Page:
Just about an hour ago, I got a call from a fellow Rosemead alumnus who wanted to get in touch with Koffler and send an e-mail or a letter.

Mike Prunk, 53, graduated from Rosemead’s Class of 1973 and played linebacker for the Panthers’ varsity team in 1971 and was captain in 1972.

Prunk played quarterback his freshman year (then it was called the “C” team); played center on the “B” team his sophomore season. In the middle of Prunk’s junior season, fellow teammate Jim Wyatt was involved in a serious car accident. Prunk broke into the starting lineup and Rosemead advanced to the semifinals of the Division IV-A playoffs where they lost to Bishop Amat. John Sciarra was the quarterback for the Lancers that season before going on to star at UCLA and the Philadelphia Eagles (Sciarra’s son, Justin, was the St. Francis quarterback this season).

During Rosemead’s run to the semifinals, Prucker recalls numerous pep speeches but one he remembers is that of Wyatt whose speech was recorded from his hospital bed replayed during a team practice.

“He gave a heck of a speech,” Prucker said. “That one sent chills down my spine.”

Had the Panthers beaten Bishop Amat that year, Rosemead would have played in the championship game at the Coliseum. In the semifinals, the Panthers had two touchdowns called back and lost by a touchdown to the Lancers. Rosemead lost to Santa Maria in the second round the following year in which Prucker was selected All-CIF, All-Western San Gabriel Valley and defensive back of the year.

When Prucker attended the 50th reunion he saw many of his former teammates there, and it was at that time he learned he’d been inducted into the Rosemead Hall of Fame.

“It was a great team but we never made it to the finals,” he said. “It was nice to see them again. I know Rosemead doesn’t have a lot of kids to choose from and when we played we were small but quick and wouldn’t take no for an answer, the same as these kids.”

Prucker said it’s unfortunate the game is so far away. He would have liked to see the game closer. Many of the 1973 class who played for the Panthers currently reside in Glendora, including starting quarterback Tom Chrom, backup quarterback Pete Talley and defensive lineman Jeff DeSalvo.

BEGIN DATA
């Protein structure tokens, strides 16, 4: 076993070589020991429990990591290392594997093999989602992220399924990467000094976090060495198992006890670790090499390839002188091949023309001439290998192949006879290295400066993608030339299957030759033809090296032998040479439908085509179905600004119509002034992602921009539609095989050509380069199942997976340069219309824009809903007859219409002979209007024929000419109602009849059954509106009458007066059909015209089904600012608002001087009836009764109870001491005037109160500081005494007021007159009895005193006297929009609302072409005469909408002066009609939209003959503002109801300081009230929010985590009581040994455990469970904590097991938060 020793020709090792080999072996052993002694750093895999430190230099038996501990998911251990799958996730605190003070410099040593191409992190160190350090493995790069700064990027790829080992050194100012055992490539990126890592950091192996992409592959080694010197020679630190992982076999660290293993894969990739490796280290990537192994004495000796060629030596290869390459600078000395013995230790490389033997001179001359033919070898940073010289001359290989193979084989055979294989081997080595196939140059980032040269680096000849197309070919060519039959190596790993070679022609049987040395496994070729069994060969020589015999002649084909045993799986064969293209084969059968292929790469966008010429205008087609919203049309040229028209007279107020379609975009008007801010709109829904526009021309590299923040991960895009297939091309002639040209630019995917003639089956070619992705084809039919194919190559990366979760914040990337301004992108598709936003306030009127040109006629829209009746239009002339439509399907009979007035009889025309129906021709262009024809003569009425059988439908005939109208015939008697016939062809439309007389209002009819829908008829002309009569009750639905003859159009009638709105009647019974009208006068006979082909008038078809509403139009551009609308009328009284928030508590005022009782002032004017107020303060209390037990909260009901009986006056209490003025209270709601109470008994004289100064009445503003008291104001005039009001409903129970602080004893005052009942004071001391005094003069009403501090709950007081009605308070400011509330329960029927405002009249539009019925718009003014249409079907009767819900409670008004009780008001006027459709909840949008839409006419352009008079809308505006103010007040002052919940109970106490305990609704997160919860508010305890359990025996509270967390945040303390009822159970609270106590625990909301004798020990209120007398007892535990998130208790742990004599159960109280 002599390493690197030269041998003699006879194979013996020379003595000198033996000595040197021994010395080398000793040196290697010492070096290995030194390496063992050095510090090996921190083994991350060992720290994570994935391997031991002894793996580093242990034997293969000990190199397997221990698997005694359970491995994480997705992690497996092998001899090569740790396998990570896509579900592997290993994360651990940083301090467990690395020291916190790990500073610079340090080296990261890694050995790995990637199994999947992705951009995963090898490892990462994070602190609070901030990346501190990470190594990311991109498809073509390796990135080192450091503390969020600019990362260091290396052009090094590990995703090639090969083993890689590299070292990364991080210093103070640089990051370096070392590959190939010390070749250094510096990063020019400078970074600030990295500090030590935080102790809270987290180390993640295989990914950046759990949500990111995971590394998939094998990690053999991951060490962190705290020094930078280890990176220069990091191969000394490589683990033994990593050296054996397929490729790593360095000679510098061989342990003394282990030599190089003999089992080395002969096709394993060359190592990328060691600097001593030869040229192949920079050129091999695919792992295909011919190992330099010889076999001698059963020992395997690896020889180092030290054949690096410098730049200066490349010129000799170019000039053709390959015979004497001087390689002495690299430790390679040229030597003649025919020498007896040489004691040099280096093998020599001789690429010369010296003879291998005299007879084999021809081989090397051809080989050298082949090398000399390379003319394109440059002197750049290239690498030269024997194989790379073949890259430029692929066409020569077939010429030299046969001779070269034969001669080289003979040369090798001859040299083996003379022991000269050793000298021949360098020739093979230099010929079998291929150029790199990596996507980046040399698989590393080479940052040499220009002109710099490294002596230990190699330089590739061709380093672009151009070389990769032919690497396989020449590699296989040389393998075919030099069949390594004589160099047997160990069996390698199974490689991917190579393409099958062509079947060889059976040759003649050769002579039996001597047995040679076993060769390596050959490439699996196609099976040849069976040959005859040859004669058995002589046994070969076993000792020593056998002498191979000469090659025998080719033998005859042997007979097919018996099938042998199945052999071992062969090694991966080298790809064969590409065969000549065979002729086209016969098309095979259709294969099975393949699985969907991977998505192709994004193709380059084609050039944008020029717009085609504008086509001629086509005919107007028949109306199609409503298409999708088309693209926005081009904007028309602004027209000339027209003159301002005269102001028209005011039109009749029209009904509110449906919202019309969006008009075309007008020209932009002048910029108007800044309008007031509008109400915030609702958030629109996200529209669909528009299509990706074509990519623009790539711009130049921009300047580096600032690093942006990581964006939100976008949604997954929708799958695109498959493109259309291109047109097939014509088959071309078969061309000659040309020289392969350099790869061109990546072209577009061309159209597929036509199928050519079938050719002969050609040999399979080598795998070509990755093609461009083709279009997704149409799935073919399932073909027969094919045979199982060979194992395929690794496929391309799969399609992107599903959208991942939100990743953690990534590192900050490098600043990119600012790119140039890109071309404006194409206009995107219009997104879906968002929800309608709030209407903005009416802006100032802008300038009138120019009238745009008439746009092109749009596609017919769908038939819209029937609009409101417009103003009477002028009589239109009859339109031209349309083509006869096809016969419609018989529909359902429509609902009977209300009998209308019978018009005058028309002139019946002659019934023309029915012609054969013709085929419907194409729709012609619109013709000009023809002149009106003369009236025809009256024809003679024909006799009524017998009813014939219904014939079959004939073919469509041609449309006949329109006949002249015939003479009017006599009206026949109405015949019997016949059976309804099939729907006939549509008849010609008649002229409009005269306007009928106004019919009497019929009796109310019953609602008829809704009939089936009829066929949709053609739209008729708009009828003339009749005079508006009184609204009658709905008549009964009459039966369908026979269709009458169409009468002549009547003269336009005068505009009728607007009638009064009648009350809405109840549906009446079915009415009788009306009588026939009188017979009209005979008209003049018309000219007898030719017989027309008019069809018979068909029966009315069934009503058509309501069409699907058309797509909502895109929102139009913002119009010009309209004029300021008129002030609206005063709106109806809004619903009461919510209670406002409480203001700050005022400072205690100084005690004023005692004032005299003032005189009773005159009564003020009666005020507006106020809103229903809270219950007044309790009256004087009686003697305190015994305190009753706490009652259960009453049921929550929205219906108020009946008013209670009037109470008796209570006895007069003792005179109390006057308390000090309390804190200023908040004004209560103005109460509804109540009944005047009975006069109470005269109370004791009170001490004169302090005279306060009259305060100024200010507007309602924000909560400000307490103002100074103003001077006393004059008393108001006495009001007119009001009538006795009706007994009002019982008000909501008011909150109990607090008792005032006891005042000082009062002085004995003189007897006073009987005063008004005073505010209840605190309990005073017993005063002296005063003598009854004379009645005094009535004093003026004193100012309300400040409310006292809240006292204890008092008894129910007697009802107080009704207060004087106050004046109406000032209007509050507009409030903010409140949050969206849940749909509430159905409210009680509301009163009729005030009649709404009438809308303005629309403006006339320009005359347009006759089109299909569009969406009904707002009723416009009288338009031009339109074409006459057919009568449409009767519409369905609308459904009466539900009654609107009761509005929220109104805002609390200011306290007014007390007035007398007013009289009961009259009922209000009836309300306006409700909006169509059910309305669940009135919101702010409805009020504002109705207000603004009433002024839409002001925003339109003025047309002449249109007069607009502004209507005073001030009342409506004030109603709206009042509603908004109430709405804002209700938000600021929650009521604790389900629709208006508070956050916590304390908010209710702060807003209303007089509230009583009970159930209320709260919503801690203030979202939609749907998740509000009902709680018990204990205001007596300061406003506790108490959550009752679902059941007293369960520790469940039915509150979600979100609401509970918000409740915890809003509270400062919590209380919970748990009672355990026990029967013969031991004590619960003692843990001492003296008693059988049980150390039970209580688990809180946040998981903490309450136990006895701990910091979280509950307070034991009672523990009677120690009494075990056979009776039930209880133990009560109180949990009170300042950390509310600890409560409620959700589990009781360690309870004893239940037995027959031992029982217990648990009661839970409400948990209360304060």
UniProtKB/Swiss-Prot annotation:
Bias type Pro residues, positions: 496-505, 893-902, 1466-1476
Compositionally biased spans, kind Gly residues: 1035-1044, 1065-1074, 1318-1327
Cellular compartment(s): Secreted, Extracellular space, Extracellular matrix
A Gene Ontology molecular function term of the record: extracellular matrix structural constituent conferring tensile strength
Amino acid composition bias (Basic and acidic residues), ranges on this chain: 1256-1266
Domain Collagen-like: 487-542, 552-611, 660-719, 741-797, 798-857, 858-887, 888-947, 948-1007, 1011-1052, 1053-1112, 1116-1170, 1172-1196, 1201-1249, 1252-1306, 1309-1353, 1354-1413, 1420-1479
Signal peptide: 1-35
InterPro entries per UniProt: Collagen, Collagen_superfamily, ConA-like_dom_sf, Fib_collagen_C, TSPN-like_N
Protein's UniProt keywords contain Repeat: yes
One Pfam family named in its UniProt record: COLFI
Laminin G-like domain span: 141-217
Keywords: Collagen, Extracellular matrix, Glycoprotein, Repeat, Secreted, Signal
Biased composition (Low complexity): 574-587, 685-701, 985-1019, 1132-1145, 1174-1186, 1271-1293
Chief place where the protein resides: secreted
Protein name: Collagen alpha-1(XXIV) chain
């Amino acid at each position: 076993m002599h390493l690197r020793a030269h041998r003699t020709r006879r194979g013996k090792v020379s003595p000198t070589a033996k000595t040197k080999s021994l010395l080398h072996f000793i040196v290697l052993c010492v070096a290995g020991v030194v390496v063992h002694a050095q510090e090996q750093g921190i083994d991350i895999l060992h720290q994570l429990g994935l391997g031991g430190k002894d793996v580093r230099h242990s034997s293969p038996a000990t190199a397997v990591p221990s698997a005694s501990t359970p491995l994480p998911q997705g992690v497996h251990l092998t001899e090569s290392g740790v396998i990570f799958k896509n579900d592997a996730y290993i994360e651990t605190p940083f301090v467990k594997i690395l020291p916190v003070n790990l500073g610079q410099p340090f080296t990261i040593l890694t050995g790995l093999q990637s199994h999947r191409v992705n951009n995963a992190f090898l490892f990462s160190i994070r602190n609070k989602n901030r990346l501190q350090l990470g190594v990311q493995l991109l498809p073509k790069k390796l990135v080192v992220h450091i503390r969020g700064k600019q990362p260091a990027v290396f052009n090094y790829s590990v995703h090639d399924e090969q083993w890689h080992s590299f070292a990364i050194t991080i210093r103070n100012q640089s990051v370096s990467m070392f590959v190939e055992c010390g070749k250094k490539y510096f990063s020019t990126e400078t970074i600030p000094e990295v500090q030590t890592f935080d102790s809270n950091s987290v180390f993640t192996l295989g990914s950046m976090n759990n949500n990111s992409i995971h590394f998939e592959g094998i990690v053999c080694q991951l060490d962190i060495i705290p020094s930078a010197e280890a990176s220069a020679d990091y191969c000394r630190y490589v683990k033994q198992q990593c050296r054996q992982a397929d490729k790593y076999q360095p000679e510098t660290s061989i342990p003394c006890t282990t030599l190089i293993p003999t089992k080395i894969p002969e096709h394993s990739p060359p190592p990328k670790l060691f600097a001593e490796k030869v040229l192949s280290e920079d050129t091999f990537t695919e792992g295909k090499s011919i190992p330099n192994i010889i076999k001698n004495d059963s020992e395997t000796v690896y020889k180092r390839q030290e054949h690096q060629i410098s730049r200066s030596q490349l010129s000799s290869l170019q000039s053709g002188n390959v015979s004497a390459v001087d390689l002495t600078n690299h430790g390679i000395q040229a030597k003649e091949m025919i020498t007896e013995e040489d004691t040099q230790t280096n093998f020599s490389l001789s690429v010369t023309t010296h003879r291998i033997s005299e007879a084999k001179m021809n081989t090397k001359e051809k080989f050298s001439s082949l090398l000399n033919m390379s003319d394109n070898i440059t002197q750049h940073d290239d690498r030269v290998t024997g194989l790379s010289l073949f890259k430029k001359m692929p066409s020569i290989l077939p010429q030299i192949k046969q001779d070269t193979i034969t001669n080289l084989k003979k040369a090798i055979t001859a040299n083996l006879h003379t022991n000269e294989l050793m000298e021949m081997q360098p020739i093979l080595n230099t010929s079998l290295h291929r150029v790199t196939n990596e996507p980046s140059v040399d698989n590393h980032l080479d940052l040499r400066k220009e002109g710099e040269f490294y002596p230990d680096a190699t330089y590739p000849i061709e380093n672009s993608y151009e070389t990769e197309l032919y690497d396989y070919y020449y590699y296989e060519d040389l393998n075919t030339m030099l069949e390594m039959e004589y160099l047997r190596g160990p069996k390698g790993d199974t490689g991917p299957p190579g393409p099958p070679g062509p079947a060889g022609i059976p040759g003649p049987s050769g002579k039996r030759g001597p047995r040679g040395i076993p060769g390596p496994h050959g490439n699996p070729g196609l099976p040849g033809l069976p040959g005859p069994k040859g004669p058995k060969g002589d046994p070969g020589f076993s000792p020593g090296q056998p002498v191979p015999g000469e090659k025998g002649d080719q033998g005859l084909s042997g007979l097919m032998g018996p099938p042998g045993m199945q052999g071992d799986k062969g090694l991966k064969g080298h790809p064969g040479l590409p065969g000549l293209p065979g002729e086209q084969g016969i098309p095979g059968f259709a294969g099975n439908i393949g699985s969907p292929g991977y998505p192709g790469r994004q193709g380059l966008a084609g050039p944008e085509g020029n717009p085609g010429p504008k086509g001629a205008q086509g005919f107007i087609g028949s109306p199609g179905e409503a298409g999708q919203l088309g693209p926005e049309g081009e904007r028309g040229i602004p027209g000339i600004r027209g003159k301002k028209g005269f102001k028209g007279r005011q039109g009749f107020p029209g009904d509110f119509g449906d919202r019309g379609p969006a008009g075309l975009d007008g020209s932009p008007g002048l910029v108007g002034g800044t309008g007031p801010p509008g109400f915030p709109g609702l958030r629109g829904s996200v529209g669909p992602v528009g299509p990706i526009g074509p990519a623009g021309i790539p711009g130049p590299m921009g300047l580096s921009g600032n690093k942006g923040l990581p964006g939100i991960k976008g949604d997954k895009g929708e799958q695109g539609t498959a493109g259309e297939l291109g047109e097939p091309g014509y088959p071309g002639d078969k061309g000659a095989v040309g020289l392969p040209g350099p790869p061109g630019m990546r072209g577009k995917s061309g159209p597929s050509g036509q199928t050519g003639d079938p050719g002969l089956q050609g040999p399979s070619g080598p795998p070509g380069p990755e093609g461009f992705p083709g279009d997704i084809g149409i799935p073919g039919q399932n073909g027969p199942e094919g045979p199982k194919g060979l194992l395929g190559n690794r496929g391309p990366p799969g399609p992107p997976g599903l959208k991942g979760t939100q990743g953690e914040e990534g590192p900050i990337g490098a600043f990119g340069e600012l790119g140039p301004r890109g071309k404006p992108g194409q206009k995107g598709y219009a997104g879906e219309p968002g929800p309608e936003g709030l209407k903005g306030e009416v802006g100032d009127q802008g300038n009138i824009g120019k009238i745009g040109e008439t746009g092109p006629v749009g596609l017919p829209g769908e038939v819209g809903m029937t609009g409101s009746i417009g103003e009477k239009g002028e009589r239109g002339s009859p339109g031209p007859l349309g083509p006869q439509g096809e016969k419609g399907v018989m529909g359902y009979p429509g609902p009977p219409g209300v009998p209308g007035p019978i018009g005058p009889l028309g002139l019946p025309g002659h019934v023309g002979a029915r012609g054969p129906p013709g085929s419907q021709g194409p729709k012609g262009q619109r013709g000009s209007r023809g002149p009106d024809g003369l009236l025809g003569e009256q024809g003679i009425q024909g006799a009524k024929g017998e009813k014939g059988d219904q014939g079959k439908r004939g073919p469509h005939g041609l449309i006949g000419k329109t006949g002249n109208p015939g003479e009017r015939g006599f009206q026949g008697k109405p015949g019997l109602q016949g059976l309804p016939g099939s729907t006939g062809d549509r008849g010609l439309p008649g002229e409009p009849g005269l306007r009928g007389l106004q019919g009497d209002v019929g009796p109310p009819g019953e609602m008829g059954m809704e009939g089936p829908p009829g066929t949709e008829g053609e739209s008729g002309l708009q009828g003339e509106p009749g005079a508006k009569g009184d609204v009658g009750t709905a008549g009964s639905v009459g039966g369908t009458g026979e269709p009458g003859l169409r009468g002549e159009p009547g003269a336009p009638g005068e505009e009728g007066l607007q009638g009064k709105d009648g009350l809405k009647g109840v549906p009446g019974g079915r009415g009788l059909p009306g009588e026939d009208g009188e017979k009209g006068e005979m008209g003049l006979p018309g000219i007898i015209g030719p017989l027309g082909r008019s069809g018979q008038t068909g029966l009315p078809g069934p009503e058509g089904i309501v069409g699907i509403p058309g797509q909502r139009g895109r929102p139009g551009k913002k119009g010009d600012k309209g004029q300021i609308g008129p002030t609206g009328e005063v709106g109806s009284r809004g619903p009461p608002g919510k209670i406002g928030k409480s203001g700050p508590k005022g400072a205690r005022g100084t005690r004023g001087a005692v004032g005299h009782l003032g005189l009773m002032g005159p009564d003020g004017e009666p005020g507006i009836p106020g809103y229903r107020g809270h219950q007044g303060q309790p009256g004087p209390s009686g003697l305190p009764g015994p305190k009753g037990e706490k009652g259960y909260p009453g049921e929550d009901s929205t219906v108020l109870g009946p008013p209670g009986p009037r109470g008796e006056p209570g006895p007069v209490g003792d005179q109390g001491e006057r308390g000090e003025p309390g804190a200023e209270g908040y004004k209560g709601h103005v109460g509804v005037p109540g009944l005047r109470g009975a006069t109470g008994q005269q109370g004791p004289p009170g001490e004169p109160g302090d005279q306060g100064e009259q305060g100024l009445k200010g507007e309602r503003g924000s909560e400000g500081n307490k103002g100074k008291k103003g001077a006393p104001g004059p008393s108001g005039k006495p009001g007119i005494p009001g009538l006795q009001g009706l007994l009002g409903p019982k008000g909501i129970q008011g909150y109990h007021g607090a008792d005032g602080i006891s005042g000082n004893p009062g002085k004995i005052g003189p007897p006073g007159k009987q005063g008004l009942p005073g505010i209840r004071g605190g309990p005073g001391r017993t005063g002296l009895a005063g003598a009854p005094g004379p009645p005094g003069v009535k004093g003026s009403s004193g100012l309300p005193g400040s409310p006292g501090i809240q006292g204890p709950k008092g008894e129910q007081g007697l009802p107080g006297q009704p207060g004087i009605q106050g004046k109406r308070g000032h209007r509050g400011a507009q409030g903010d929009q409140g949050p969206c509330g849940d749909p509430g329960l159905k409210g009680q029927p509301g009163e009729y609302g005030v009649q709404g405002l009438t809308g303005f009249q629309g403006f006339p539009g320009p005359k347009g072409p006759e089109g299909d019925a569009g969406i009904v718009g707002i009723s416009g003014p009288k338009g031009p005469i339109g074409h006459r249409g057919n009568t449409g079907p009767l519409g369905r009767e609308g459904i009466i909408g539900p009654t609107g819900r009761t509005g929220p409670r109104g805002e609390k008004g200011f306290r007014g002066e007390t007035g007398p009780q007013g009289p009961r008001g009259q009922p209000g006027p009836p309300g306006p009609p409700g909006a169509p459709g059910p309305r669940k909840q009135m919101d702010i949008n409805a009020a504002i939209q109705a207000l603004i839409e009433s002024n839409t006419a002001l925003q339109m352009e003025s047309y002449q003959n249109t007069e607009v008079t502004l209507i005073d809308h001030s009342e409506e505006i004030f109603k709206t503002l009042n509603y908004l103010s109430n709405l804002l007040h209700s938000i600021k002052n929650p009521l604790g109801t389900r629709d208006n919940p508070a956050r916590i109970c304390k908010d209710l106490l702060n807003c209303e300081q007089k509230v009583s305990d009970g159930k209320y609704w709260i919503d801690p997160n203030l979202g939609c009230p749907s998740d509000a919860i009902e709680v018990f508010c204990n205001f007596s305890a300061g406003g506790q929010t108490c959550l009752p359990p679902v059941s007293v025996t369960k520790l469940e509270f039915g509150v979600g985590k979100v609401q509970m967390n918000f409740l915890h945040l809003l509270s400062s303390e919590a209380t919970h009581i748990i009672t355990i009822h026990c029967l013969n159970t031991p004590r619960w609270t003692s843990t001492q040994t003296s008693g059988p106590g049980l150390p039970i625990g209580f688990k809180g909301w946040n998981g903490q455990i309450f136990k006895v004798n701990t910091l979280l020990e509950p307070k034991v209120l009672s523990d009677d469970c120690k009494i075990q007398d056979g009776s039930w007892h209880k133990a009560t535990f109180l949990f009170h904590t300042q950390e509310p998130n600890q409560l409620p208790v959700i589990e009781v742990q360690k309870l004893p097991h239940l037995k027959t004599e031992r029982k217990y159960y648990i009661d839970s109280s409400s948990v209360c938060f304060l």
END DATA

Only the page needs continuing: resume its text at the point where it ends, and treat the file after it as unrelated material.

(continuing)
It’s always nice to remember your roots.

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Ice Princess, add KTLA to your list of “Wimpy Media”

“You media types are such DORKS! When in the cold, layer up … The cold will mostly affect those not in the game: reserves, coaches, fans, and the whimpy media (who are making too big a deal out of this!).”

–The Ice Princess, on “Rosemead football gets winter gear” thread at 1 p.m.

So I got a lot of heat for writing that Rosemead will play in frigid, yes frigid, temperatures against Paraclete at Knight High in Palmdale on Saturday night for the CIF-Southern Section Mid-Valley Division championship. I wake up this morning to turn on my favorite morning news show and waddaya know?!?! I find this! Like I said, I’ll take my hot chocolate with four marshmallows, por favor.

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Tim Loya ready to spend time with Gabriela

A “FROM THE SIDELINES” EXCLUSIVE

It’s been four days since Temple City interim football coach Tim Loya left the field since the Rams lost a thriller, 27-6, against Paraclete in the semifinals of the CIF-Southern Section Mid-Valley Division playoffs.

After us reporters got done interviewing him we asked Loya to make sure he’d come back. Why wouldn’t you want a guy like Loya to stick around. If there are such things as a players’ coach, Loya quickly assumed that role for reporters, too.

Loya’s response to the media after the game was he’d been overwhelmed. Not by the responsibility that it takes to be a head coach but the logistics of getting to time on practice after battling through traffic to Temple City from his work as a worker’s compensation specialist in Glendale.

“The situation itself never overwhelmed me,” Loya said. “We all shared the responsibility. It’s hard when you’re not a teacher; when you’re not on campus full-time. It makes it difficult for us walk-on coaches to leave the job and to leave for practices on time. It makes it really really hard and that’s what makes it so tough.

“You end up driving all over the place and having to rush things to make it to practice and I’ve been doing that for a long time.”

So what has Loya thought about since he left the field last weekend?
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Rosemead’s Raul Lira is a fan of football and ftbol


ABOVE: Raul Lira (No. 11) watches a play from the sideline.

There have been heroes and unsung heroes along the way.

Raul Lira has quietly clocked in and out for Rosemead High School.

The senior has become a fixture in coach Matt Koffler’s lineup at wide receiver. Don’t forget returning punts and kickoffs, too.

He’s returned six of them for touchdowns and averages nearly 31 yards per catch this season.

And whoever said ftbol and football don’t mix couldn’t have been more wrong.

Lira is on the Panthers soccer team.

But more impressively, this is his first season playing varsity football.